Rasmus Ristolainen's talent tantalizes when the puck is on his right-handed stick blade and frustrates fans when he's attempting to protect the Buffalo Sabres' net.
Ristolainen, a 24-year-old defenseman, has been plagued by the same mistakes over the six seasons since he was drafted 12th overall by former General Manager Darcy Regier. However, Ristolainen's struggles seemed to reach another level this past season when he posted a league-worst minus-41 rating.
During locker cleanout last month in KeyBank Center, Ristolainen grimaced when questioning the accountability among his teammates and declined to say whether he wished to remain in Buffalo next season. Now, General Manager Jason Botterill might be weighing whether Ristolainen can reach his potential playing under a fifth different coach or if it is time to possibly parlay one of the Sabres' most valuable assets into a top-six forward.
A closer look at Ristolainen's play this past season suggests a change in role, defensive partner and coach could help him finally blossom in the NHL.
"I’ll tell you what will happen the minute you trade Rasmus Ristolainen: you’ll be looking for a player like Rasmus Ristolainen," TSN analyst Craig Button, a former NHL general manager, said during a phone interview. "You’re going to go try to replace a top-three defenseman that can do a lot of different things with a winger?
"That winger better be an elite winger then because that’s the only justification I would have for making it."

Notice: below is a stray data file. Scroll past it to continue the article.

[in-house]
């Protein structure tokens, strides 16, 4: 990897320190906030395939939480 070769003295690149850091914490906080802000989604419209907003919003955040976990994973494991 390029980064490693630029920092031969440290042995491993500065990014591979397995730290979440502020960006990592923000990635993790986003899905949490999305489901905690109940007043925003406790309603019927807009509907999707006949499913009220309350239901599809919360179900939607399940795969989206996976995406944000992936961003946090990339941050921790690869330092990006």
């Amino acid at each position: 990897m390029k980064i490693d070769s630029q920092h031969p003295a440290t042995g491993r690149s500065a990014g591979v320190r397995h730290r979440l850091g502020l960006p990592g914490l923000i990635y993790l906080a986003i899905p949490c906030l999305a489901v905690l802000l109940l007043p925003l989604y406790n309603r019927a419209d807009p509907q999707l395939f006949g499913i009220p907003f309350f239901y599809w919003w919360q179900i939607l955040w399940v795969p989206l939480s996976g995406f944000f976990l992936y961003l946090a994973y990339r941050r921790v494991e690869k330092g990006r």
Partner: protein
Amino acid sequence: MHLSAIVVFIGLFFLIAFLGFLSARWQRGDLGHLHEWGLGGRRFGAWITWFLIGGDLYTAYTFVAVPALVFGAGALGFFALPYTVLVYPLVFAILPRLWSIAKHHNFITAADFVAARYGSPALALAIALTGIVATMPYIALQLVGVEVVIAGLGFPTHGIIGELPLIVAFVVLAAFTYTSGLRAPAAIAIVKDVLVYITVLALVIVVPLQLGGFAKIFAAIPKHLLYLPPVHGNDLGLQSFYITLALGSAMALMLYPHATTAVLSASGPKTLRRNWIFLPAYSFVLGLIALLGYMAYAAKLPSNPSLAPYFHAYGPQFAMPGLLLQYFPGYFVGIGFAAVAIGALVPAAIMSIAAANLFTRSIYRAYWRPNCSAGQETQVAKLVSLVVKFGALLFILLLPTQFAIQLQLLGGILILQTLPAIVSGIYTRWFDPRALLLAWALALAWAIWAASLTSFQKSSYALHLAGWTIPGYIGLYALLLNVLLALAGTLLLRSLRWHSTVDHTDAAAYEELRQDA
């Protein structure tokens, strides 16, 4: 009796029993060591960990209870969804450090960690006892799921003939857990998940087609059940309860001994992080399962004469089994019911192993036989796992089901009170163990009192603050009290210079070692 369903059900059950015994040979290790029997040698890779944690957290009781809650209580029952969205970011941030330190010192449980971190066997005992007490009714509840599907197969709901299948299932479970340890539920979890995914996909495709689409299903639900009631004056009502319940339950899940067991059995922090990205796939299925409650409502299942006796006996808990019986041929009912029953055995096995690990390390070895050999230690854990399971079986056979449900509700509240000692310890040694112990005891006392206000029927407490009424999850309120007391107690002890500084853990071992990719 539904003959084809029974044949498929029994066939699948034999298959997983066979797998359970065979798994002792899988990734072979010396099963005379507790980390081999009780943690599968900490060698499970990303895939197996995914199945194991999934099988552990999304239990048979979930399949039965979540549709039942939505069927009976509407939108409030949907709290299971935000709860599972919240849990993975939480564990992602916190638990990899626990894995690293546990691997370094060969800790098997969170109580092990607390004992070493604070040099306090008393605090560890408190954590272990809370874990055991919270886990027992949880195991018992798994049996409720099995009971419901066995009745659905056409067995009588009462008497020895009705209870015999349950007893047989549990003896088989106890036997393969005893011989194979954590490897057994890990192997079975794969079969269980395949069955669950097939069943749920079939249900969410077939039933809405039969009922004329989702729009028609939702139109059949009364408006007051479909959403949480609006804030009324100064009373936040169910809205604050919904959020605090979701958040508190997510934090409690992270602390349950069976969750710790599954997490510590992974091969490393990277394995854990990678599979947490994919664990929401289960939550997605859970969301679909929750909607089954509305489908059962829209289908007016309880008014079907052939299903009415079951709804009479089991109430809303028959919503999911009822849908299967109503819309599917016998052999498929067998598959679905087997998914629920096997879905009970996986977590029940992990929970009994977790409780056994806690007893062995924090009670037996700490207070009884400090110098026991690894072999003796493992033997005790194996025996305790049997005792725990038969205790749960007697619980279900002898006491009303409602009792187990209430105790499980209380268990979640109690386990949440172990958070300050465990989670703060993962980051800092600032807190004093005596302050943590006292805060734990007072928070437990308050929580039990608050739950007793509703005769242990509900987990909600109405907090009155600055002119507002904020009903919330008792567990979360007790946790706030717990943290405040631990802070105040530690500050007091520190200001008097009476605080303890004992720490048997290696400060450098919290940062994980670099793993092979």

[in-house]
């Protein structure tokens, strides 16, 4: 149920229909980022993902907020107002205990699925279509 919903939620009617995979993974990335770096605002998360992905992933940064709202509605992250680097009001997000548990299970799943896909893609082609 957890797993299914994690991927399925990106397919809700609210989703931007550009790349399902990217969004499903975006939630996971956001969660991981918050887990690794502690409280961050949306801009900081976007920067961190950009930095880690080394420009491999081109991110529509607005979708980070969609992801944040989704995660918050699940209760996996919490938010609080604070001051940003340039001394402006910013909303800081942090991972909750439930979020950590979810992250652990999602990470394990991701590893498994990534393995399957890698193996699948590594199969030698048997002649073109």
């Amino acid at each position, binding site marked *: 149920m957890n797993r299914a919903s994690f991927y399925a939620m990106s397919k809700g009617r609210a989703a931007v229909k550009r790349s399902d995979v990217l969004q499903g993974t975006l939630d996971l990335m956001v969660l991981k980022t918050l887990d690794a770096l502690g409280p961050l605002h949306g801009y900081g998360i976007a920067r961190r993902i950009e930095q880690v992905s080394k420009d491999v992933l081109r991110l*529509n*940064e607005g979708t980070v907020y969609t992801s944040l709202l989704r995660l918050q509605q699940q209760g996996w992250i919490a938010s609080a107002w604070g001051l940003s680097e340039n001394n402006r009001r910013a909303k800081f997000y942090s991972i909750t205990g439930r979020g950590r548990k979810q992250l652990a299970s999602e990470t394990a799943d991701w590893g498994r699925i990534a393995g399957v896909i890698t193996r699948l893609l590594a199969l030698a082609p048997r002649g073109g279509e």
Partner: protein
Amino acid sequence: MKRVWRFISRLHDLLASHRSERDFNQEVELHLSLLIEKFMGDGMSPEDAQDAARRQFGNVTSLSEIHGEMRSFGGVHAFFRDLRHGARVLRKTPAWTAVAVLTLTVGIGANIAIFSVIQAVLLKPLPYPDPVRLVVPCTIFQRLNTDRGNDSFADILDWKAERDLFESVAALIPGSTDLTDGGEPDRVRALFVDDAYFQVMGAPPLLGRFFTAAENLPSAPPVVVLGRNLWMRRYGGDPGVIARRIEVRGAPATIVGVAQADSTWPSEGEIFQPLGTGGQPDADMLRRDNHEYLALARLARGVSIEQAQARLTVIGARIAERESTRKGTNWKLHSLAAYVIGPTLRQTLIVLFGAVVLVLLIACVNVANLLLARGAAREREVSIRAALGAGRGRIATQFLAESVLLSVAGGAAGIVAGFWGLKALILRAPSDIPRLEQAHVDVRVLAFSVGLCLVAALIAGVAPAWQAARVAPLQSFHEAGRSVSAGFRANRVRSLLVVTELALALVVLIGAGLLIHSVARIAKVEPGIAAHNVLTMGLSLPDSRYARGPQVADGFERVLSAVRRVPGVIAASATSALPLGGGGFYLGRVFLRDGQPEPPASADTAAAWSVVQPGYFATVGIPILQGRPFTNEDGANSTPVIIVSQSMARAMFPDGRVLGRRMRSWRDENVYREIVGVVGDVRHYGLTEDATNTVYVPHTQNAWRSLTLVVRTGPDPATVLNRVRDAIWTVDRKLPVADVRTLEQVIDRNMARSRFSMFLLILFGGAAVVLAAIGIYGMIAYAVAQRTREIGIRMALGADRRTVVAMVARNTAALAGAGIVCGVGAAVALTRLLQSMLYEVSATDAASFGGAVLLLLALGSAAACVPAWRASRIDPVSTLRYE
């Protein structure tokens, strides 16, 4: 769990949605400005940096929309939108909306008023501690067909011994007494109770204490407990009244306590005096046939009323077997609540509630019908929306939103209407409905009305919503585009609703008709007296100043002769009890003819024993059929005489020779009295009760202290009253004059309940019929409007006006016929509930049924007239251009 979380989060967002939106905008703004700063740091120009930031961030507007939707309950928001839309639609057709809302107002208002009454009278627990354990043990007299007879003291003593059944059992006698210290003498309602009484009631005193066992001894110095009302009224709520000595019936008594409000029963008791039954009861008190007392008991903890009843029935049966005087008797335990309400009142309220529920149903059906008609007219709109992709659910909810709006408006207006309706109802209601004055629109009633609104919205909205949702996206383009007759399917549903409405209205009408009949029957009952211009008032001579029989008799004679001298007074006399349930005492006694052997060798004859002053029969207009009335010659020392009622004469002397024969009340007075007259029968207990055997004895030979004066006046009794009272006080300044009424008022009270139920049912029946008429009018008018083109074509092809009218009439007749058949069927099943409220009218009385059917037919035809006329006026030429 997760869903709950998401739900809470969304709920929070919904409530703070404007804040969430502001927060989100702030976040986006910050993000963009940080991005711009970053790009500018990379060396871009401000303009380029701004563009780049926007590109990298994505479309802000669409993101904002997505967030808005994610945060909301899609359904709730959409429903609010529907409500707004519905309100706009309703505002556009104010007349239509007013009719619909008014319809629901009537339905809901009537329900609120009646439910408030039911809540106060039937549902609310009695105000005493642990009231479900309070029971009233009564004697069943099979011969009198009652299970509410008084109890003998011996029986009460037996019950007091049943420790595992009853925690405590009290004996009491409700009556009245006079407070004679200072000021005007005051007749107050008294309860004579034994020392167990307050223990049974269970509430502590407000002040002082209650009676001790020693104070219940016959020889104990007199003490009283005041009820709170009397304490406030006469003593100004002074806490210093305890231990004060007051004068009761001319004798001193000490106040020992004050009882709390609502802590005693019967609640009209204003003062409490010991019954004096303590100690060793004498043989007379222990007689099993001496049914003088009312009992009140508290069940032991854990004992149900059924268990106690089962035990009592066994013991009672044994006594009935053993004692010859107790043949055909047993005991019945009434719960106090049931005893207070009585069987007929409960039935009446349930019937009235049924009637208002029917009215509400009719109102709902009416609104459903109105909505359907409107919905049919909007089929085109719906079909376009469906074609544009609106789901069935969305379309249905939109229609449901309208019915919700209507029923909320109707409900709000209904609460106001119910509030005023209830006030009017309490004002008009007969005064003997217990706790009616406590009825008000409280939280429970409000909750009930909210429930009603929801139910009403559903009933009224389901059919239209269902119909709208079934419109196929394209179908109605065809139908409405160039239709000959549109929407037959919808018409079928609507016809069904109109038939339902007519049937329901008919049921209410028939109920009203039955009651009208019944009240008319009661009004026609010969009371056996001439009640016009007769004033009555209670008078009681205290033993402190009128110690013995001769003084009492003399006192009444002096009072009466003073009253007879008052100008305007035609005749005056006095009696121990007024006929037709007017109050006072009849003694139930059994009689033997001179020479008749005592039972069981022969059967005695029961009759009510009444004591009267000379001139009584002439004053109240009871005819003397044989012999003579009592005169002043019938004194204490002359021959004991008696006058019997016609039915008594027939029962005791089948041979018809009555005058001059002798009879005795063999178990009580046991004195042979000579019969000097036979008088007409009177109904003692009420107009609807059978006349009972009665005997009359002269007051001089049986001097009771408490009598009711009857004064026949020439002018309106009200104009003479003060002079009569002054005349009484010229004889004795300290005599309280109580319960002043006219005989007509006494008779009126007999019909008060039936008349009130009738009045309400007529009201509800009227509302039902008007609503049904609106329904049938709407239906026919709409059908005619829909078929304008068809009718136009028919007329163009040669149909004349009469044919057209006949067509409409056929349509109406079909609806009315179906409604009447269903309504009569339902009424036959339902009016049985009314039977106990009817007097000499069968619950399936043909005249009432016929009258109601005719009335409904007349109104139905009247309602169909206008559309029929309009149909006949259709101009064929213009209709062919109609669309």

Ristolainen's name surfaced in trade rumors leading up to February's deadline with one report connecting him to the Tampa Bay Lightning. Sportsnet's Elliotte Friedman reported last month the Sabres and Lightning could revisit such a deal, but Friedman wrote last week that Botterill was asking coaching candidates how each could help Ristolainen succeed.
Ristolainen has posted 40-plus points in four consecutive seasons, including 43 in 2018-19. He has averaged at least 24 minutes per game in each of those years and his 86 power-play points since the start of the 2015-16 season are tied for eighth among NHL defensemen.
"I think he’s a special player that hasn’t really – well, I guess you could say it for the team, too – found his way yet," NHL Network analyst Mike Rupp, a retired 13-year NHL veteran, said. "He certainly has a lot of attributes that are pretty special."
The defensive struggles might outweigh the offensive production, though.
Ristolainen finished the season with an NHL-worst rating of minus-41, which isn’t necessarily an accurate representation of his overall performance, but is the second-worst mark by any player since the 2004-05 lockout and tied for the worst in franchise history. New York Islanders defenseman Nick Leddy was minus-42 last season. Hall of Fame center Gilbert Perreault posted a minus-41 rating for the Sabres in 1971-72, his second season in the league.